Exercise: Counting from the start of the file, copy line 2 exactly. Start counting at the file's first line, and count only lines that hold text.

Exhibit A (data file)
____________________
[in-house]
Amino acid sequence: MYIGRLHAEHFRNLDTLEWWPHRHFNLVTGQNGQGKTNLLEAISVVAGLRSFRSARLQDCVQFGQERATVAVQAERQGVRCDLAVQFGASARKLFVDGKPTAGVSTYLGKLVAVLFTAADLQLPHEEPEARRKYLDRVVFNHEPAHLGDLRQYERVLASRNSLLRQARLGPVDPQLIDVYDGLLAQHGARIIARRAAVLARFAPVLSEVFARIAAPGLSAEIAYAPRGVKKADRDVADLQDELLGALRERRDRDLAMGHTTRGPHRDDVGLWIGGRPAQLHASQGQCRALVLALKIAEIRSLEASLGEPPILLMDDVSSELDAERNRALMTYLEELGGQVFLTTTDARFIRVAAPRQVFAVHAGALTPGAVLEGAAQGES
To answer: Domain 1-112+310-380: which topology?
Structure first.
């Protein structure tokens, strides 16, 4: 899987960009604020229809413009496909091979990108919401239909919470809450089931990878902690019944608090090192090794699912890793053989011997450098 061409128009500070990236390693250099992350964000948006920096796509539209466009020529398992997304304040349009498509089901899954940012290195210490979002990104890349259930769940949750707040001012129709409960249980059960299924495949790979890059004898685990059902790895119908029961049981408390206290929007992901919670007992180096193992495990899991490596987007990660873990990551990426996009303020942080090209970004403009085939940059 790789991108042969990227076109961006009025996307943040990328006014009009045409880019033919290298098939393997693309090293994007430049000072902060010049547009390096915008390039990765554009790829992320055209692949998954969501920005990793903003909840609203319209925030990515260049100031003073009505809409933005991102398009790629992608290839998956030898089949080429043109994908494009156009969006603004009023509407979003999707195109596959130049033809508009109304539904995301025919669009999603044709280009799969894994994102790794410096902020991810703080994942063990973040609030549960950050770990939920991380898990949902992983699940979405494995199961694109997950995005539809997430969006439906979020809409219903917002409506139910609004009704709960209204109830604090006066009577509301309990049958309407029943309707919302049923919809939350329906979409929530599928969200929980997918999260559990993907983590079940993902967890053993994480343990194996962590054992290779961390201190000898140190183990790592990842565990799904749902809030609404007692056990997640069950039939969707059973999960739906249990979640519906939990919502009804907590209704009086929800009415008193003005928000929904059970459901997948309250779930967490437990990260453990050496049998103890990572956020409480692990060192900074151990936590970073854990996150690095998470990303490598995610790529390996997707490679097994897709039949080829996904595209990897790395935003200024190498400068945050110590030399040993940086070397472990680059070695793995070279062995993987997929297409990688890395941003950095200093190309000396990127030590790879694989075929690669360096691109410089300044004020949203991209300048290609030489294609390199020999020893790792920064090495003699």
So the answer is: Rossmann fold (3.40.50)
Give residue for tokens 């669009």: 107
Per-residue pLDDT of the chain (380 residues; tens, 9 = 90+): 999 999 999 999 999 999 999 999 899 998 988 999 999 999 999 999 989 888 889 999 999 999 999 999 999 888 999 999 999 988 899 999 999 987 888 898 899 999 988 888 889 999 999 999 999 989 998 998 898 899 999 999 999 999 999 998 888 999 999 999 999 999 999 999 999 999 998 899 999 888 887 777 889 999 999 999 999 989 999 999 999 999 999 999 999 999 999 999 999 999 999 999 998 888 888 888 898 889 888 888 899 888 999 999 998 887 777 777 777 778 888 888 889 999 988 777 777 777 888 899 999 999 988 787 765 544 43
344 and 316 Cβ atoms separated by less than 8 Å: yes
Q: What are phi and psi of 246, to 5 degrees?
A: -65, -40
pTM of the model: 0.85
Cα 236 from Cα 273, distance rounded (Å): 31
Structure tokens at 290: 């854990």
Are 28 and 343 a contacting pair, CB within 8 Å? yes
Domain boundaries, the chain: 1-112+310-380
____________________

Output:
Amino acid sequence: MYIGRLHAEHFRNLDTLEWWPHRHFNLVTGQNGQGKTNLLEAISVVAGLRSFRSARLQDCVQFGQERATVAVQAERQGVRCDLAVQFGASARKLFVDGKPTAGVSTYLGKLVAVLFTAADLQLPHEEPEARRKYLDRVVFNHEPAHLGDLRQYERVLASRNSLLRQARLGPVDPQLIDVYDGLLAQHGARIIARRAAVLARFAPVLSEVFARIAAPGLSAEIAYAPRGVKKADRDVADLQDELLGALRERRDRDLAMGHTTRGPHRDDVGLWIGGRPAQLHASQGQCRALVLALKIAEIRSLEASLGEPPILLMDDVSSELDAERNRALMTYLEELGGQVFLTTTDARFIRVAAPRQVFAVHAGALTPGAVLEGAAQGES